Kang, K., Cohen, S., Hess, J., Novak, W., Peterson, S.: Feature-Oriented Domain Analysis (FODA) Feasibility Study. Technical Report CMU/SEI-90-TR-21, Soft. Engineering Institute (1990)Google Scholar
  40. 40.
    King, P.: Printing Z and Object-Z LaTeX documents. University of Queensland (1990)Google Scholar
  41. 41.
    Le Berre, D., Rapicault, P.: Dependency management for the eclipse ecosystem: eclipse p2, metadata and resolution, pp. 21–30. In: International Workshop on Open Component, Ecosystems (2009)Google Scholar
  42. 42.
    Lopez-Herrejon, R., Linsbauer, L., Galindo, J., Parejo, J.A., Benavides, D., Segura, S., Egyed, A.: An assessment of search-based techniques for reverse engineering feature models. J. Syst. Softw. 103, 353–369 (2015)CrossRefGoogle Scholar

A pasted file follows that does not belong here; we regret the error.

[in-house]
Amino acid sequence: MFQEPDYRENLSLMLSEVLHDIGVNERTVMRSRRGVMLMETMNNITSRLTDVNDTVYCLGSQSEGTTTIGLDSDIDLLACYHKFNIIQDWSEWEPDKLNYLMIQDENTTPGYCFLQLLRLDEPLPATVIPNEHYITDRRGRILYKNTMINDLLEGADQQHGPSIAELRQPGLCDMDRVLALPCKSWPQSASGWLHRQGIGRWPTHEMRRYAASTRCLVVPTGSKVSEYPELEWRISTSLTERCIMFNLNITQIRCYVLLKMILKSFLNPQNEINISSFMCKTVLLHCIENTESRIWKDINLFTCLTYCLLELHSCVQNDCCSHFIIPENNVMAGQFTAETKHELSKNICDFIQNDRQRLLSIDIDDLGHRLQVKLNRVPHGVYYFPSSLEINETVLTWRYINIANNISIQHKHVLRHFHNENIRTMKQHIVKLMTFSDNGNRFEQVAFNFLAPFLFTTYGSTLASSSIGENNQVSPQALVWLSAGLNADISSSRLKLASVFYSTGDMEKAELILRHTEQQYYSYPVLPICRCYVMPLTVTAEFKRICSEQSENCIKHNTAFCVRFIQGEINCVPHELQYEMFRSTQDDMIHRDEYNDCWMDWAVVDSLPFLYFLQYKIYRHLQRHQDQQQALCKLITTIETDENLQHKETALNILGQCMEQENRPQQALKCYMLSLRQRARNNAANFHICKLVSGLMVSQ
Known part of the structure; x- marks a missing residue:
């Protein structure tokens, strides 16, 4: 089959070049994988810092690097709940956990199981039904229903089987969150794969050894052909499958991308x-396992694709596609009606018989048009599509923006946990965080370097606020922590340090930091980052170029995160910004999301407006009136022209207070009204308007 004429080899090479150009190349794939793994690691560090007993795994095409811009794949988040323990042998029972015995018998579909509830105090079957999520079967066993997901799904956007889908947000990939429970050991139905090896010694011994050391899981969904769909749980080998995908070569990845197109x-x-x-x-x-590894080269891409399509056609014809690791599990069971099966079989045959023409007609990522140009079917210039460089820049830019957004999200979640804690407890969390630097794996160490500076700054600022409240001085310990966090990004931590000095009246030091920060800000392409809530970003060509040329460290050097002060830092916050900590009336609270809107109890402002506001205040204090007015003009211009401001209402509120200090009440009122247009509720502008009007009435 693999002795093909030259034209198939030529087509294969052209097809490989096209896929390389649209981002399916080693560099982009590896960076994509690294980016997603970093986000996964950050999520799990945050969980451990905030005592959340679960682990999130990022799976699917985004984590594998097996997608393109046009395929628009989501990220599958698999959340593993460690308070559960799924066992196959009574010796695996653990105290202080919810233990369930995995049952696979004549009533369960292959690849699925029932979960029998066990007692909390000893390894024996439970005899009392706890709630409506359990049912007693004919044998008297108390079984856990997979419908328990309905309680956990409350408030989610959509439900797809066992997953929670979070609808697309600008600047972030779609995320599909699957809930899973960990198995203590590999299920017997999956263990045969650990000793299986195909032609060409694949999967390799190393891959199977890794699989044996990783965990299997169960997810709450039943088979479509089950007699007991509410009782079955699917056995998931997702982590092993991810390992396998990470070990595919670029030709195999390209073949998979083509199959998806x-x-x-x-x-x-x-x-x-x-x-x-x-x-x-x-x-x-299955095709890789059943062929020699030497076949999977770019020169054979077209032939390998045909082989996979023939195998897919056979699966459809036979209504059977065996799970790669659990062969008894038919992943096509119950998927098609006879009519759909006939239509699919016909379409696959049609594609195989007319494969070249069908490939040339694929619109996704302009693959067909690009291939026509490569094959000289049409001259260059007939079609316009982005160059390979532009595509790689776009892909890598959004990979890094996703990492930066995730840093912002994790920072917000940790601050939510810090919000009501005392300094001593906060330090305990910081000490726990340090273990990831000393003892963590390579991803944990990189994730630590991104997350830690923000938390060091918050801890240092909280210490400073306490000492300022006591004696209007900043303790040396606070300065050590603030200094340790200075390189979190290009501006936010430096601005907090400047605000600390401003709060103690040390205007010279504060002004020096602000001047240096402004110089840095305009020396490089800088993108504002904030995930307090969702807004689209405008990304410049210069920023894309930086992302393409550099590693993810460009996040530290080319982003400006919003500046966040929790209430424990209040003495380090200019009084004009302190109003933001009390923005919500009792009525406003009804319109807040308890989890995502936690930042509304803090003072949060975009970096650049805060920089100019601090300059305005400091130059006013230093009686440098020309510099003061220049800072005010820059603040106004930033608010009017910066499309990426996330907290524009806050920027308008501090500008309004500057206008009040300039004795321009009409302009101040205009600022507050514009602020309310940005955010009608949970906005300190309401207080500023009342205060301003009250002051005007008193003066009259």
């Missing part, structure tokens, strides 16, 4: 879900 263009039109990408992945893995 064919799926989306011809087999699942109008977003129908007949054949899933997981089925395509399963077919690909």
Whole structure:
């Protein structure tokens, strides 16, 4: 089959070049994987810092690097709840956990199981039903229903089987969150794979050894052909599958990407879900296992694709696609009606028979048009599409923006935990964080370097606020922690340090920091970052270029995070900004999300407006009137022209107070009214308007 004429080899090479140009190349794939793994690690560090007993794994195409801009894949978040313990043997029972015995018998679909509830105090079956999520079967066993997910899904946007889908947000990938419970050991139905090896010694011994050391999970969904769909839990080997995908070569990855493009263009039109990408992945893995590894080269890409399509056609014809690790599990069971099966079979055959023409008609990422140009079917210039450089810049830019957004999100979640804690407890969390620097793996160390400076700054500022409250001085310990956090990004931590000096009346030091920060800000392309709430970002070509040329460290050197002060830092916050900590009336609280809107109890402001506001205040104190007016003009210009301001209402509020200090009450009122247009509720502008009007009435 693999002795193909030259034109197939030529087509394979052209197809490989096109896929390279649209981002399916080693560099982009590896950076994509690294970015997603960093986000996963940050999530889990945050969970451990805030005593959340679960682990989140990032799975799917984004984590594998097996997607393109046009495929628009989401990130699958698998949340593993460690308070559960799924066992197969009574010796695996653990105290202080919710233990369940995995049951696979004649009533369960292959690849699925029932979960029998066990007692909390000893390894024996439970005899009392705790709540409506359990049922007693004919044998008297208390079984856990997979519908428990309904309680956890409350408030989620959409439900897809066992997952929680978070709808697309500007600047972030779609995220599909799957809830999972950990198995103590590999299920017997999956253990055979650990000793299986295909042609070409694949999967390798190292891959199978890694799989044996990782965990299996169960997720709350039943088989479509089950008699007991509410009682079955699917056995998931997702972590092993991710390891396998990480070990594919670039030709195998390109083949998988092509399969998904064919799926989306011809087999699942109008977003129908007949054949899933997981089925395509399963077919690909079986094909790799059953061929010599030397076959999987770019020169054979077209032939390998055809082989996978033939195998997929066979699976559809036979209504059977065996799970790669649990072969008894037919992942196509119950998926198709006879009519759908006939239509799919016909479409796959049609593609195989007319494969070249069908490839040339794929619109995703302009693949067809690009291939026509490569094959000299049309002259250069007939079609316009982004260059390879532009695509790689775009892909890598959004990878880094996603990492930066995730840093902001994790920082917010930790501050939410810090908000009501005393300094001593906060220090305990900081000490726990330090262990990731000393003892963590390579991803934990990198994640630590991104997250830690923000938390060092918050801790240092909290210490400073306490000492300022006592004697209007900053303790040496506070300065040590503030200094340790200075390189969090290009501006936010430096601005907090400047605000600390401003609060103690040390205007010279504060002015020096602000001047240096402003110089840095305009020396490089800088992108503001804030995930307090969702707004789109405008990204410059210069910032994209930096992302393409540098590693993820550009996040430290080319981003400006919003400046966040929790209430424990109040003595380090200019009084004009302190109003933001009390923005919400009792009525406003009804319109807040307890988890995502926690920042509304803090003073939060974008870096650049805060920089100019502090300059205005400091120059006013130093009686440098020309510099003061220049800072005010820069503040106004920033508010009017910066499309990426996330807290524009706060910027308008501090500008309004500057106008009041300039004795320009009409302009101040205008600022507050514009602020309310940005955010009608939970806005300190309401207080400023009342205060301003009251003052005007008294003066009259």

43. 43.
    Mendonca, M., Branco, M., Cowan, D.: SPLOT: software product lines online tools. In: Companion to the International Conference on Object-Oriented Programming, Systems, Languages, and Applications, pp. 761–762 (2009)Google Scholar
  44. 44.
    Mendonca, M., Wasowski, A., Czarnecki, K., Cowan, D.: Efficient compilation techniques for large scale feature models. In: Generative Programming and Component Engineering Conference, pp. 13–22 (2008)Google Scholar
  45. 45.
    Müller, C., Resinas, M., Ruiz-Cortés, A.: Automated analysis of conflicts in WS-agreement. IEEE Trans. Serv. Comput. 7(4), 530–544 (2014)CrossRefGoogle Scholar
  46. 46.
    Myers, G.J., Sandler, C.: The Art of Software Testing. Wiley, New York (2004)Google Scholar
  47. 47.